The Her­ba­ceous Bor­der from 1951

Amateur Gardening - - A Gardener’s Miscellany -

The con­cept of a her­ba­ceous bor­der, full of dif­fer­ent types of peren­nial plants, is un­der­stood by every gar­dener, but in the his­tory of plant cul­ti­va­tion it is quite a re­cent phe­nom­e­non. It started with a man called Ge­orge Ni­chol­son, who worked at the Royal Botanic Gar­dens, Kew, Sur­rey, who came up with the idea in the 1890s, when AG was just a few years old.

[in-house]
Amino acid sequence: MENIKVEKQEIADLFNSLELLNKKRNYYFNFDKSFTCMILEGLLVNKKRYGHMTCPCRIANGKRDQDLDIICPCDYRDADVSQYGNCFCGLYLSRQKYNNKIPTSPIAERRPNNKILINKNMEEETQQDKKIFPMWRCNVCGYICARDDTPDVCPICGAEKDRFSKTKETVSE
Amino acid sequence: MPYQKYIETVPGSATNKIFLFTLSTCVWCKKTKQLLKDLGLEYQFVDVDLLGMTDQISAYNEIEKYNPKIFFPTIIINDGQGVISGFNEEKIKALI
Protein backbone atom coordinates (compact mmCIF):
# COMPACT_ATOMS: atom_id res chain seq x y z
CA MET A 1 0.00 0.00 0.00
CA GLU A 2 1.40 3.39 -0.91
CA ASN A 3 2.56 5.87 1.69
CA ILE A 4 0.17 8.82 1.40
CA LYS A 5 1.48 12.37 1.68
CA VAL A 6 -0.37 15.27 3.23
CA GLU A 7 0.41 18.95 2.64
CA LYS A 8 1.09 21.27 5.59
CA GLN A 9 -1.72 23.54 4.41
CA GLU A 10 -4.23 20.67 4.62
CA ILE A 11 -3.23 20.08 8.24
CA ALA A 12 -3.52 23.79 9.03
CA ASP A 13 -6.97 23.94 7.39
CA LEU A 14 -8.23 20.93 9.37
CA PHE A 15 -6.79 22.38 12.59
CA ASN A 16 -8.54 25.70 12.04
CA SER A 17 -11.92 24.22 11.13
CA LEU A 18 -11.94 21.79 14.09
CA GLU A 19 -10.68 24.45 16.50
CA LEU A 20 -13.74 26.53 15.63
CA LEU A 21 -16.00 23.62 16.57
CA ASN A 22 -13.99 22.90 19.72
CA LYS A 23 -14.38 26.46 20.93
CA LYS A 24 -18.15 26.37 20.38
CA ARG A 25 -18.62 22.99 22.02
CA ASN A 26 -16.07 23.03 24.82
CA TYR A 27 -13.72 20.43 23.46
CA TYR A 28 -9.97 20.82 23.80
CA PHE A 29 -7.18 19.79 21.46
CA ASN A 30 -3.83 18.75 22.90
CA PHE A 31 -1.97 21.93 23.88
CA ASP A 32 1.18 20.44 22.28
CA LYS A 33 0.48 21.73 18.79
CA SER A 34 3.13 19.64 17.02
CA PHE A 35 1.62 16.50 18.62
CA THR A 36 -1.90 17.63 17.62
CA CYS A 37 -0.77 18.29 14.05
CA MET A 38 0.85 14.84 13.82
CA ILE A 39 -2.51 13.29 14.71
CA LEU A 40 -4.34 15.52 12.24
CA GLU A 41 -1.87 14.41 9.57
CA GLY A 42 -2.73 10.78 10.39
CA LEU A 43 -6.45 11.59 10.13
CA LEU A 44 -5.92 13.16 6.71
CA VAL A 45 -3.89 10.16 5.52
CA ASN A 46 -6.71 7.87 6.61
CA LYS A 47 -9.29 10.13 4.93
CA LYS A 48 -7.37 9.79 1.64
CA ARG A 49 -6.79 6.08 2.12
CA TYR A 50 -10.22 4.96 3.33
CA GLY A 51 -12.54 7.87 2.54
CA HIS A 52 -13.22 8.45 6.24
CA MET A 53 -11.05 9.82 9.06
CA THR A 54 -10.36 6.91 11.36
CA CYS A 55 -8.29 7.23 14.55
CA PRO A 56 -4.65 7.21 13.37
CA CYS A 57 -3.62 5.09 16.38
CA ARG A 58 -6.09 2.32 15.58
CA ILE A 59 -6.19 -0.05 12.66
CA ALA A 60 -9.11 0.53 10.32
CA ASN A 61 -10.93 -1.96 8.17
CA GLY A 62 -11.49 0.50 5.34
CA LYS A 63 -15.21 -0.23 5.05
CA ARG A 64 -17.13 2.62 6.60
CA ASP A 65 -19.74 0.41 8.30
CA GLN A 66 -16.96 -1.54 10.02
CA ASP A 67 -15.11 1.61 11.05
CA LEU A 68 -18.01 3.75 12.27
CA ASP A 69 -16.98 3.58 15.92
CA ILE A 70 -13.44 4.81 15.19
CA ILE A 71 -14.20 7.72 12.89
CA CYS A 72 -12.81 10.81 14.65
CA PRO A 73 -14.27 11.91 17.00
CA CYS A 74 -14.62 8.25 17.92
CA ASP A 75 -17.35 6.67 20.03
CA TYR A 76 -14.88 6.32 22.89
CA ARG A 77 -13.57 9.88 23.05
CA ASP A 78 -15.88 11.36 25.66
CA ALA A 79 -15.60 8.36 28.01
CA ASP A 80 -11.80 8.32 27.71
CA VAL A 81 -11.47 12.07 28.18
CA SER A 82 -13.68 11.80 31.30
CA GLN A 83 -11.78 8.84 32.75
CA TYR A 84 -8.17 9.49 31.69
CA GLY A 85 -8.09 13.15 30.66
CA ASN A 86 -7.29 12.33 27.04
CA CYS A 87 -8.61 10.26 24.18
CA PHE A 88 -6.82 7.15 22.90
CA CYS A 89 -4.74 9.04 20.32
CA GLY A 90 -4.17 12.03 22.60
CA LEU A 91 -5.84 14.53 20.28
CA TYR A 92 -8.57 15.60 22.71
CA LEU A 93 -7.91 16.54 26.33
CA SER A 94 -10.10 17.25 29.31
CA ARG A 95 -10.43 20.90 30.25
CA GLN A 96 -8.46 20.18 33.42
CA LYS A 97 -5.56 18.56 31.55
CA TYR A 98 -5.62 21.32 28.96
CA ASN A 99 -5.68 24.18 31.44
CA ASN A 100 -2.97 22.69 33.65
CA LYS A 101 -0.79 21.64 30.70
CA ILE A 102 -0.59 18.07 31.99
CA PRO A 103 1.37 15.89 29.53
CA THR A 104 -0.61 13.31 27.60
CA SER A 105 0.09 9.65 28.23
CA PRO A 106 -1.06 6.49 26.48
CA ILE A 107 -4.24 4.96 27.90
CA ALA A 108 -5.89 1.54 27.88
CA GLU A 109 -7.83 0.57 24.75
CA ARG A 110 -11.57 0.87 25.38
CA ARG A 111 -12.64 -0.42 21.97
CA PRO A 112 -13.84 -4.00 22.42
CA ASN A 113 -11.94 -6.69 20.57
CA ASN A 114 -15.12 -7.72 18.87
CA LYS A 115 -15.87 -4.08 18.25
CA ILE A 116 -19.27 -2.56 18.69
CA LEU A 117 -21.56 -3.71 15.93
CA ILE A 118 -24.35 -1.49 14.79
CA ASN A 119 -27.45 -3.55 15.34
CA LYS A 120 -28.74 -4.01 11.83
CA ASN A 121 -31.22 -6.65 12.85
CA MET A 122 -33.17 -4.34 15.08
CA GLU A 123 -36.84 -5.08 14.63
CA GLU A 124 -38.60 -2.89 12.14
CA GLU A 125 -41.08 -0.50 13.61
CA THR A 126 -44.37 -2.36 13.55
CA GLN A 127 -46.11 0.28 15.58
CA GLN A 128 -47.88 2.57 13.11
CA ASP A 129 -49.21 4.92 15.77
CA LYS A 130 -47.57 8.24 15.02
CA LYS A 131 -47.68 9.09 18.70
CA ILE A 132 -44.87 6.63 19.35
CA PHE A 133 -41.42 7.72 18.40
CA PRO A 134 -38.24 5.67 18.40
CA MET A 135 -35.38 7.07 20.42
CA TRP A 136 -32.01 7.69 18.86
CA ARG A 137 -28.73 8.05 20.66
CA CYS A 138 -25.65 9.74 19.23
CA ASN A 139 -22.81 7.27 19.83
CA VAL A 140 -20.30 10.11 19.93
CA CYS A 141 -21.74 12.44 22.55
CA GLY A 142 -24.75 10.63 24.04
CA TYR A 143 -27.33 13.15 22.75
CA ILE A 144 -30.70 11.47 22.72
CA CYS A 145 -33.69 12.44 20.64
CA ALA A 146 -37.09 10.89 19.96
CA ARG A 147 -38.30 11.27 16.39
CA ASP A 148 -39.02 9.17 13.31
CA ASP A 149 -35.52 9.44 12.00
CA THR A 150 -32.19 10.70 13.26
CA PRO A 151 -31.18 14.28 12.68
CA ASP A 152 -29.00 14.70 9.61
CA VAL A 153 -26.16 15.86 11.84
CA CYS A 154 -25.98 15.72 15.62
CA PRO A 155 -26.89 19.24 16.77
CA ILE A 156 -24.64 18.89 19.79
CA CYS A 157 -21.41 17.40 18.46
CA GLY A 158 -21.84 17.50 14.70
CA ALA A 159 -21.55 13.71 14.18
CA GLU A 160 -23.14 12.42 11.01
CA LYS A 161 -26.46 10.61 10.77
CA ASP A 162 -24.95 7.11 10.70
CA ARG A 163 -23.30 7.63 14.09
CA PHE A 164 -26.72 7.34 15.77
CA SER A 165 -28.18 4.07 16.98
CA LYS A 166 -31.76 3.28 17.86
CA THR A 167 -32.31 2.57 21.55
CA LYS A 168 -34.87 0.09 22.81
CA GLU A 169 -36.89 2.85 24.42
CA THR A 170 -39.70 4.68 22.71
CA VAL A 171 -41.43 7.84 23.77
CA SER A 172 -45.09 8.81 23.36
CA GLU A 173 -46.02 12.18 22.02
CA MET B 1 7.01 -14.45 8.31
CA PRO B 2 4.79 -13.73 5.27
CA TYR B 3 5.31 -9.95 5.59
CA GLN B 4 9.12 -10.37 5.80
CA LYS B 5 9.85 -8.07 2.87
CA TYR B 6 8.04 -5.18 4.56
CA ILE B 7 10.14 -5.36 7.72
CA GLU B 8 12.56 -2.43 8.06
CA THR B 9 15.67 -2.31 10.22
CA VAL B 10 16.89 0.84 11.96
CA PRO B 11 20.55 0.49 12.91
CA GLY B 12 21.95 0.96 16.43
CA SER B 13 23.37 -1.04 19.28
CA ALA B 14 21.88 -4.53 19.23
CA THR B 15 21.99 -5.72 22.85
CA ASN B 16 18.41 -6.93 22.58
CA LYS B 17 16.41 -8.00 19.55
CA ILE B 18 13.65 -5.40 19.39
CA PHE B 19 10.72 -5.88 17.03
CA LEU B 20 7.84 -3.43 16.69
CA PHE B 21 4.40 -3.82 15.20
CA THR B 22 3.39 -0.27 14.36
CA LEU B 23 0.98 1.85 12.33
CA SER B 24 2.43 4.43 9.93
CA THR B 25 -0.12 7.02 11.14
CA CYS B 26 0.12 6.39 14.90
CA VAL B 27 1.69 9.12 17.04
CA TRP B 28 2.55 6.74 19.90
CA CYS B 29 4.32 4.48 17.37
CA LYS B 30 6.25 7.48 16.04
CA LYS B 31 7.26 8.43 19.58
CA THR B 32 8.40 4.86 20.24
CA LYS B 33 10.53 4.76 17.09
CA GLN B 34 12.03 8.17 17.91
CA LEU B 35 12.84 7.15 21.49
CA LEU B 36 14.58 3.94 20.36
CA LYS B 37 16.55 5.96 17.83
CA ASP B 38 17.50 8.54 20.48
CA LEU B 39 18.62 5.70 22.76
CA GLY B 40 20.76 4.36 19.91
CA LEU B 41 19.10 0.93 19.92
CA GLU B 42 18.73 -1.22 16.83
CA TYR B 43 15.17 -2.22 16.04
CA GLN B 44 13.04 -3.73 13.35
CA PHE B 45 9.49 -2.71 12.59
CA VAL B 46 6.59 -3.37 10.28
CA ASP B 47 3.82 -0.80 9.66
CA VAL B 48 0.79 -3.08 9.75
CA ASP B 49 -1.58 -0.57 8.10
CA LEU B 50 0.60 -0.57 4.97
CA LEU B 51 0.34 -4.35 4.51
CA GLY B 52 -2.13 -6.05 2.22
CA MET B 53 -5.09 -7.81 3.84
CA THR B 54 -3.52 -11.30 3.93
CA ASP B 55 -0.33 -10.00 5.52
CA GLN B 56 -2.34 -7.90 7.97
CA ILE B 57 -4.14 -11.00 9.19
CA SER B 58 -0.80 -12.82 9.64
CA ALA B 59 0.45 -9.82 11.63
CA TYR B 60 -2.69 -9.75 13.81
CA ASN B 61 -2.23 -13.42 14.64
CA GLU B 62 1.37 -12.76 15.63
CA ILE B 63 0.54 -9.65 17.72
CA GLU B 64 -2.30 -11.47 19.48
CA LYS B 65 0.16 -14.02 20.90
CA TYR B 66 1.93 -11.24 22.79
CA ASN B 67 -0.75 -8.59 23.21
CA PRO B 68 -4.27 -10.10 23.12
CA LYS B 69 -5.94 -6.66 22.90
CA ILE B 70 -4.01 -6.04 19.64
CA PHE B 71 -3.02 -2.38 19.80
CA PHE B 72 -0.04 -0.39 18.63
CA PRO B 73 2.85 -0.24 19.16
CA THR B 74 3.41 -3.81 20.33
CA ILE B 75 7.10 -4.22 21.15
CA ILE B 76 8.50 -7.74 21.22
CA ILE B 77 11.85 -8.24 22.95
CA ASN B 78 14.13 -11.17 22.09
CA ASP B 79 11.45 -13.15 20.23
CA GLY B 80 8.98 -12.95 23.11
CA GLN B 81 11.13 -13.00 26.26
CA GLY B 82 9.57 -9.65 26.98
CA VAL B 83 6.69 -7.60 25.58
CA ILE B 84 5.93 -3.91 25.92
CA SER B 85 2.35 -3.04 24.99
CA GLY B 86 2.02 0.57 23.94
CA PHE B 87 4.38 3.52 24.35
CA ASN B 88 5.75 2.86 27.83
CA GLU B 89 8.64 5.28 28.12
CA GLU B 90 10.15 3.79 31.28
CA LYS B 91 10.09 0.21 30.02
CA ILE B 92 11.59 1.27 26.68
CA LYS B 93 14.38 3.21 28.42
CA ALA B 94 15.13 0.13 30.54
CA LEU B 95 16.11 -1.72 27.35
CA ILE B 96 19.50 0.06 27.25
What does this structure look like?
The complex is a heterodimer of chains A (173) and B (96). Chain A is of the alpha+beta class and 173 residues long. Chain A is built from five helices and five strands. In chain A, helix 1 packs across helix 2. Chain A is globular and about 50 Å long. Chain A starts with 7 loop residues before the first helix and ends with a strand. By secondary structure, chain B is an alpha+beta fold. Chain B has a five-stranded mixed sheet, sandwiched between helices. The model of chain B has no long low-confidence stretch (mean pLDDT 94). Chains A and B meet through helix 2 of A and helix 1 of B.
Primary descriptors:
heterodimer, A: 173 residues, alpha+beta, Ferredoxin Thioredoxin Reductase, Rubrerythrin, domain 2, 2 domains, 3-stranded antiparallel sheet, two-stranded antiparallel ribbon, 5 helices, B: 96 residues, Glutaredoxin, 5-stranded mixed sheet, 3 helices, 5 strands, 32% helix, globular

The mag­a­zine wrote about the con­cept, and pro­moted ideas, plants and colour schemes through­out the late 19th cen­tury and the en­tirety of the 20th. In 1951 Frances Perry, a fre­quent AG con­trib­u­tor, wrote the de­fin­i­tive book – for its time – on the sub­ject (see above). It was pub­lished by the Lon­don firm of W.H. & L. Collingridge, started by two brothers who, back in 1884, also founded AG.

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